# Why are metallic compounds insoluble in water?

Metallic compounds are not pure metals. They are compounds that contain a metal and a nonmetal, which are generally ionic compounds. In an ionic compound, a metal forms an ionic bond with a nonmetal, such as sodium chloride, $\text{NaCl}$, which consists of the metal sodium and the nonmetal chlorine. A metallic compound can also consist of a metal bonded to a polyatomic ion, such as calcium carbonate, $\text{CaCO"_3}$, which consists of the metal calcium bonded to the polyatomic carbonate ion, $\text{CO"_3^(2-)}$.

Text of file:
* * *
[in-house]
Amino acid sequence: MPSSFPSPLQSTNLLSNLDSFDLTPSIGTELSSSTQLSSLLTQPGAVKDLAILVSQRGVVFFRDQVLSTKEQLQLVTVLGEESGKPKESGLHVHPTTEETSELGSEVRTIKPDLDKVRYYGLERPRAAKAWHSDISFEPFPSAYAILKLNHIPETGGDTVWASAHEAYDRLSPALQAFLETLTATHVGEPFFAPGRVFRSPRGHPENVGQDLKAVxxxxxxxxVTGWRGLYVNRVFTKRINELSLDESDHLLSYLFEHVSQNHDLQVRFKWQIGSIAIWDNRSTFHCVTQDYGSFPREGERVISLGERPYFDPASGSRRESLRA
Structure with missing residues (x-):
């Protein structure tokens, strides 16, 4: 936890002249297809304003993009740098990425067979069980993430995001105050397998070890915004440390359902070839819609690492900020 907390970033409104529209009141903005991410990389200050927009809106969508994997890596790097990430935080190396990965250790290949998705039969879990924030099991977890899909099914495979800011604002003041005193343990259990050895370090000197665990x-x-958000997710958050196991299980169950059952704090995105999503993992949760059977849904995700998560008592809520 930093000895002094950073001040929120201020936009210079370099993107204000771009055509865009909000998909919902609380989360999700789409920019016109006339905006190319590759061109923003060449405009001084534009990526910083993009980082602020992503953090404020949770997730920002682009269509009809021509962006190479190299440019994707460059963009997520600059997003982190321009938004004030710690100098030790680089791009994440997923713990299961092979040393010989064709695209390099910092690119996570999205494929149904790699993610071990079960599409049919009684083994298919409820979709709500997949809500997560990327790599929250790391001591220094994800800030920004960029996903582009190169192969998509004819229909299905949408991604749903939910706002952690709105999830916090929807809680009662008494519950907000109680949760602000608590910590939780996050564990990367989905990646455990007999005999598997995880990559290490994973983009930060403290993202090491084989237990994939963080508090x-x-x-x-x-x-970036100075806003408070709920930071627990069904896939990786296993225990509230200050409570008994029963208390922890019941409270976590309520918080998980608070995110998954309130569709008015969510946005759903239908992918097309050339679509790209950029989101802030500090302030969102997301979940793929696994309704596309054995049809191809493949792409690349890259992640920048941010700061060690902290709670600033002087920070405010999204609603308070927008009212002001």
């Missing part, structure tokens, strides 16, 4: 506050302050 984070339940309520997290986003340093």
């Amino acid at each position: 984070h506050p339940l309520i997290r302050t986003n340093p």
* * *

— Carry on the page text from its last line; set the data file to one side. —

If you look up the previous two examples, $\text{NaCl}$ and $\text{CaCO"_3}$, you will note that $\text{NaCl}$ is soluble in water, whereas $\text{CaCO"_3}$ is not since $\text{Ca}$ is an alkaline earth metal, not an alkali metal.